Plans are being made to once again resume at least one general membership meeting a year at Stonehill college.  An ad hoc organizing committee to include President Galvin and Directors Rocheleau and Dennehy was established.   The committee will report back to the Board shortly on the feasibility of conducting the next general membership meeting at Stonehill college.  A tentative time frame was established, the meeting would be held between Thanksgiving and Christmas.

           MAPLE Treasurer Bill Rose was also pleased to report that the final bill for the cost of MAPLE ‘s incorporation has been paid off and there is a zero balance between MAPLE and the Liz Rheinhardt law firm. Approximately $3500 was paid to the firm over the course of the last two years.   

MAPLE PANELS APPEAR BEFORE LEGISLATIVE COMMISSIONS:

Testimony Offered On Qualified Immunity and Police Hiring             

The organization’s two major subcommittees were very busy over the past summer. The activity of both culminated in the production of two white papers and two appearances by panels comprised of MAPLE members before Legislative Commissions.  The Ad hoc committee on qualified immunity which consisted of members Pat Faiella, James Marr, Arthur McLaughlin, Joe Kittredge. Kathleen Dennehy and Dennis Galvin produced an extensive white paper on the history and policy implications of qualified immunity.  The committee found that the removal of immunity for good faith police errors would have a significant negative impact on public safety.  The committee found that without immunity, a drastic reduction in candidates for police positions could be expected.   The committee strongly recommended the retention of MGL Chapter 258 section 9, which offers protection for officers, who make good faith errors, but withdraws it for officers acting outside the scope of their duties or in bad faith.  In such cases they are held personally liable.  A MAPLE panel consisting of Pat Faiella,  Arthur McLaughlin and Dennis Galvin presented its findings to the Legislative Commission on Qualified Immunity, which is chaired by Senator Jamie Eldridge on August 18th.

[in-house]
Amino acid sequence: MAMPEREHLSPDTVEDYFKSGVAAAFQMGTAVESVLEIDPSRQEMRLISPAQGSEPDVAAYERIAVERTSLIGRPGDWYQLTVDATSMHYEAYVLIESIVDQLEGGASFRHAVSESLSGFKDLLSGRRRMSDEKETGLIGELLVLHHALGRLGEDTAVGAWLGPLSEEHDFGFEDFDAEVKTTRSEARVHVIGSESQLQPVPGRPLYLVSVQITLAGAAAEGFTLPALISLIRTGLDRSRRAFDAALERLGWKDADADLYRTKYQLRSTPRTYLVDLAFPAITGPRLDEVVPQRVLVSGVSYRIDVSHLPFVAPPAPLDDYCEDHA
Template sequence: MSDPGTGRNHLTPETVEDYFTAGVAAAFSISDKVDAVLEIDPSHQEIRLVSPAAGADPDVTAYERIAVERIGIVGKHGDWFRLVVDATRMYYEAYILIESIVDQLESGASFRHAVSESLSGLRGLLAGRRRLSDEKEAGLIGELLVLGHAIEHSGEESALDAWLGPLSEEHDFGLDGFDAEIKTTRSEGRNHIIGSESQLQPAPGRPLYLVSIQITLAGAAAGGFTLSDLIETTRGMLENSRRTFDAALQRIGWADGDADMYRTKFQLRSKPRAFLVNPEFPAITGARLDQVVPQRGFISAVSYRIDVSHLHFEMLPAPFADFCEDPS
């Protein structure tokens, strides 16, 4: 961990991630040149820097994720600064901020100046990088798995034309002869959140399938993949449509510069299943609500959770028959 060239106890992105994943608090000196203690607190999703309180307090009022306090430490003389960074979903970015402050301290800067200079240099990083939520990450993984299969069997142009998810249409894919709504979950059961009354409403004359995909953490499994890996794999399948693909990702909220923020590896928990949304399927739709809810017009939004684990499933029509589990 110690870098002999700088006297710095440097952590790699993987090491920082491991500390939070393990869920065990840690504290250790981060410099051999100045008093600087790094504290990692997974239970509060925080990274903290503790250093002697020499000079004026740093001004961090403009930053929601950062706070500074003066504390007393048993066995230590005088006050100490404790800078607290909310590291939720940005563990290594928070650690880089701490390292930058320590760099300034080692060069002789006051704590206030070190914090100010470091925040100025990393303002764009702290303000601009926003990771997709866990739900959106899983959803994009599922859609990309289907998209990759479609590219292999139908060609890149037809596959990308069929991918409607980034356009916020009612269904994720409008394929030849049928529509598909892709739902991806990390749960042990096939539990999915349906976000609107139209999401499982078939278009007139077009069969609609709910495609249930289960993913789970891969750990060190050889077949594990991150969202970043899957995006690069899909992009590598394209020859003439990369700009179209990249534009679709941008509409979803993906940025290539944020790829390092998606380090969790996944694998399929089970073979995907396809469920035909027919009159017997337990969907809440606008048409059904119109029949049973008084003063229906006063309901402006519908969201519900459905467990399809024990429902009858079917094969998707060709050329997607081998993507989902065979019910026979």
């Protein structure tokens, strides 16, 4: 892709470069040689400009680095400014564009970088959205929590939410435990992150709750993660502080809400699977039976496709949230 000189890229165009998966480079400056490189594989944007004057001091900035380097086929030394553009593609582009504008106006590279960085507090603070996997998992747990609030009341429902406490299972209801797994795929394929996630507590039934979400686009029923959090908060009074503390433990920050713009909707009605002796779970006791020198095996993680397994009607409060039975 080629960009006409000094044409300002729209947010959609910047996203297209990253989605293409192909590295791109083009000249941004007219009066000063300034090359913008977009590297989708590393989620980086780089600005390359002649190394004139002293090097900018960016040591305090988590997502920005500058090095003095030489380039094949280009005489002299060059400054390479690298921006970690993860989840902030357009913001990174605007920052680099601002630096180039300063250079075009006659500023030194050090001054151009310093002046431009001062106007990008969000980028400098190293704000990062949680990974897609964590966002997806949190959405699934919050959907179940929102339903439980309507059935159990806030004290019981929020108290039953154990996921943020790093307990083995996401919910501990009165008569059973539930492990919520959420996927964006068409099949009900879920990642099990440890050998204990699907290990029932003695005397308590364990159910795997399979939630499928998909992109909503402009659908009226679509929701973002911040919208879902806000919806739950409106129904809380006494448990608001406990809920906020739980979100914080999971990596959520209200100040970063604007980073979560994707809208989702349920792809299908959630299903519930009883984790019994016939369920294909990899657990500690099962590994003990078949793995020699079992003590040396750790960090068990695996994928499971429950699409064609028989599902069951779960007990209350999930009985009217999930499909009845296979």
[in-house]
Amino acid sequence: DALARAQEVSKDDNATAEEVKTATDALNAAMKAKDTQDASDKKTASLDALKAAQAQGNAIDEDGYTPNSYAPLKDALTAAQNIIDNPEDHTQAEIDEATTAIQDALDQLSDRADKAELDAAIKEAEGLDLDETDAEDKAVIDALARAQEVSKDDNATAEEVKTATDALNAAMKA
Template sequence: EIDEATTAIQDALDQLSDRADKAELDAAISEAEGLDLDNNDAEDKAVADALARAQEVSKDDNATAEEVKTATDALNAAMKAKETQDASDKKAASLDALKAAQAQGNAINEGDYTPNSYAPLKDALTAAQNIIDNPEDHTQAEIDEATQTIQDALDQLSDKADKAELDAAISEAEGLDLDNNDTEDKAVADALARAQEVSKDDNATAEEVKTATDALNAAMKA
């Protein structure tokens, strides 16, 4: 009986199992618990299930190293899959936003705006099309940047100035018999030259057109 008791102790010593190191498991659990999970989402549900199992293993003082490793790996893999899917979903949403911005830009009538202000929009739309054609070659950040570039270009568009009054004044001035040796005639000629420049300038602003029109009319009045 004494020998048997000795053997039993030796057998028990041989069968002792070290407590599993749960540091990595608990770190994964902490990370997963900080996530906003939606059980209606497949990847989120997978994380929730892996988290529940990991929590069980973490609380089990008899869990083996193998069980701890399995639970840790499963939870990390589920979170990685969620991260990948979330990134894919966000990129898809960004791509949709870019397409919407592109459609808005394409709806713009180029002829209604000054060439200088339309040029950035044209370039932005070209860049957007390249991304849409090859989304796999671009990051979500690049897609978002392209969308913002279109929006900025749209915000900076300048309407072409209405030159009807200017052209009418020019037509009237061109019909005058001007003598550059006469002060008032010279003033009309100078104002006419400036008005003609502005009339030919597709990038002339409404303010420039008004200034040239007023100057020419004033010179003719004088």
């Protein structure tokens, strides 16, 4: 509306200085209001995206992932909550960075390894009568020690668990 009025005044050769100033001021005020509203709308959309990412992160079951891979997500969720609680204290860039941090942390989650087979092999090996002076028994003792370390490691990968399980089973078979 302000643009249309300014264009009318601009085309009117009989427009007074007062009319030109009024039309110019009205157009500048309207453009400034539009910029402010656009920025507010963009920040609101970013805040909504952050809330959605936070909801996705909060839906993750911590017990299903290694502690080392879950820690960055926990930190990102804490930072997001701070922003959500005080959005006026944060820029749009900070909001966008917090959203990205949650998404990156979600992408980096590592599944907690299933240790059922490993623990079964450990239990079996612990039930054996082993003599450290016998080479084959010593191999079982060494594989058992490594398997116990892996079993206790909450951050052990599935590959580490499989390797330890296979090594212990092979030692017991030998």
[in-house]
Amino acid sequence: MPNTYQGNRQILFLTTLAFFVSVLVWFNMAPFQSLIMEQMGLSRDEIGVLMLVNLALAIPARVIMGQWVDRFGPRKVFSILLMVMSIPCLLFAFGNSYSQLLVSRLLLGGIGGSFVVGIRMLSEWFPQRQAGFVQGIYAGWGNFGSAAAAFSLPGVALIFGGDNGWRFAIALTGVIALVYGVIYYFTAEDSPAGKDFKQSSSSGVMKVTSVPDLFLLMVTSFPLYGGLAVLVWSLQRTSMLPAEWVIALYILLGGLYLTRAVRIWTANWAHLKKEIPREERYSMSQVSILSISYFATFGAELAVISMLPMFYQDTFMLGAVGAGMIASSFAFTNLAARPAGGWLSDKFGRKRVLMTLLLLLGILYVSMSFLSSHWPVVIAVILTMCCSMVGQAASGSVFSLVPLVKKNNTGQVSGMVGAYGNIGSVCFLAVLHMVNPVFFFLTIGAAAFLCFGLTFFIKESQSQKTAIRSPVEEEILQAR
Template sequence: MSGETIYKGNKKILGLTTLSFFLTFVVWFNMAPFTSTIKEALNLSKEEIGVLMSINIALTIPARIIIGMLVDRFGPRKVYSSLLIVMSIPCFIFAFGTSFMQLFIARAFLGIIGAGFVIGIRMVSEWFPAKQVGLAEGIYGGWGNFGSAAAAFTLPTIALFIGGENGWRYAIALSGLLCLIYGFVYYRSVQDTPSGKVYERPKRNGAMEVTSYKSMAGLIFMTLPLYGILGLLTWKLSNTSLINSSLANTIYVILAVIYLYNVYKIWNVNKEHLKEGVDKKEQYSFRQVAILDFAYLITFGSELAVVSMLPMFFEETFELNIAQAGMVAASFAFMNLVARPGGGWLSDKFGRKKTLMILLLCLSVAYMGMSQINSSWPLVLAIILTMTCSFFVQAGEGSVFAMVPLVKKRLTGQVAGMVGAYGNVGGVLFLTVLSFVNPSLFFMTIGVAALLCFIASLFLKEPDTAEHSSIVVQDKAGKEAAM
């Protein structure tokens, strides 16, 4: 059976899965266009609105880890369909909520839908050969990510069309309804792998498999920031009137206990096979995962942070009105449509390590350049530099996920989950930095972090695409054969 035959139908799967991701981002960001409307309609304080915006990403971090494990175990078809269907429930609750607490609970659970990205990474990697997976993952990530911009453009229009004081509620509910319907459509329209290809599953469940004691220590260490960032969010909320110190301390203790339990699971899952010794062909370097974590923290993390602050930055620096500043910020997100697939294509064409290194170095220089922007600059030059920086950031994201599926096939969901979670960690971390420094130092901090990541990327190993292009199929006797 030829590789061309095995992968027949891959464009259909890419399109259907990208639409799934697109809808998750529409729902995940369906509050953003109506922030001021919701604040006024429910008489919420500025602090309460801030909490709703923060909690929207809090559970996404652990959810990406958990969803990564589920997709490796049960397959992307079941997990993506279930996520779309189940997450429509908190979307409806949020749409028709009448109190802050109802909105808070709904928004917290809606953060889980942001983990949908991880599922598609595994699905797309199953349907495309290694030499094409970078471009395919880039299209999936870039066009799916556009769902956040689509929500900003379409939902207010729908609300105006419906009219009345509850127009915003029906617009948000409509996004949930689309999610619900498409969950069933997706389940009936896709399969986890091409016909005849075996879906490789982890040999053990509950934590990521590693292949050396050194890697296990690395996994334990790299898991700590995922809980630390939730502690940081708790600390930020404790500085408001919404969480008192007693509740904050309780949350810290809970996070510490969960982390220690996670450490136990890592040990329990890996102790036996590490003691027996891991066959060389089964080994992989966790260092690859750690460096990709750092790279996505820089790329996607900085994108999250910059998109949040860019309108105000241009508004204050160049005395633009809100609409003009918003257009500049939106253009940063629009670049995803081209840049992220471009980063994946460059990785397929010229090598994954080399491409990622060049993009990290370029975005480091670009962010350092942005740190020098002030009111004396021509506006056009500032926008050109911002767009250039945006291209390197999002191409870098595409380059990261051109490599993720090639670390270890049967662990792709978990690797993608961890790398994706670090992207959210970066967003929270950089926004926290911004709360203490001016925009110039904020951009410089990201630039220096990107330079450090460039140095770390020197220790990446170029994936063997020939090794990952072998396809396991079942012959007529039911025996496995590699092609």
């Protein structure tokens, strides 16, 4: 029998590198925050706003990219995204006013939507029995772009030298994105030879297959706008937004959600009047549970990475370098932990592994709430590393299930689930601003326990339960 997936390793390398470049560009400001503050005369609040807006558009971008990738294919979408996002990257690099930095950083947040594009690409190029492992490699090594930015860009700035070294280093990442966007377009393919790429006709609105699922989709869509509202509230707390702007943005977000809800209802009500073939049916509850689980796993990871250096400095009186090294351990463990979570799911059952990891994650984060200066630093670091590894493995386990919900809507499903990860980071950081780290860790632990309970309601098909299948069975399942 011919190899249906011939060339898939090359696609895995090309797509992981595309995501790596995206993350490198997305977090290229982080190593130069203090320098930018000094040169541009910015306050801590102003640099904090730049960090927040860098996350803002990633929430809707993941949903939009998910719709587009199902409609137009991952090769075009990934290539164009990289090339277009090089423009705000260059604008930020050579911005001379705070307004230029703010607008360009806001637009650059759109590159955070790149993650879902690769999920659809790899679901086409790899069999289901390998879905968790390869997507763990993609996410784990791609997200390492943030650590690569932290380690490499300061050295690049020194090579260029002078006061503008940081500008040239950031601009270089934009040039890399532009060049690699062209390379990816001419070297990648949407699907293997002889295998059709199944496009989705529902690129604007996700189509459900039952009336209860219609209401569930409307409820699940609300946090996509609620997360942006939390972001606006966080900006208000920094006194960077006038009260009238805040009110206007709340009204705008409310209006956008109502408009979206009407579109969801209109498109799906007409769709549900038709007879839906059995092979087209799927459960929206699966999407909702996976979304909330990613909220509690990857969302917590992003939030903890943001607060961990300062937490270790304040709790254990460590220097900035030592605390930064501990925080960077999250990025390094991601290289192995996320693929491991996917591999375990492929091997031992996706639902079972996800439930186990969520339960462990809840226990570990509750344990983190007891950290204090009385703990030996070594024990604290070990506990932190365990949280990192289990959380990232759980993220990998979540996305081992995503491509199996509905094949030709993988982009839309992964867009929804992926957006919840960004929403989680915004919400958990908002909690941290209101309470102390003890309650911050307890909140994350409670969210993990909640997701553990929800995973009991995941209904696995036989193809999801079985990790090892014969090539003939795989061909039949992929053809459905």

MAPLE’s Standards Committee, chaired by Marcel Beausoleil did yeomen’s work this summer.  The members include Ralph Mroz, Jim Martin, Anne Marie Rocheleau, Arthur McLaughlin and Marcel. They compiled significant research on best police hiring practices and crafted a series of recommendations, that included a 60 credit higher education course requirement for police candidates, prior to hire, and modifications to the absolute veteran’s preference standard and the residency preference standard in state Civil Service.   A MAPLE panel consisting of Anne Marie Rocheleau, Ed Denmark and Dennis Galvin appeared before the Legislative Commission on Police Hiring and Civil Service, chaired by Senator Michael Moore and offered those recommendations. That appearance occurred on September 28th.   The white paper will also be submitted.           

MAPLE was advised that the Legislative Commission on Qualified Immunity will be releasing their final report at the end of this year.  The Commission of Police Hiring will release its final report in either January or February of 2022. 

END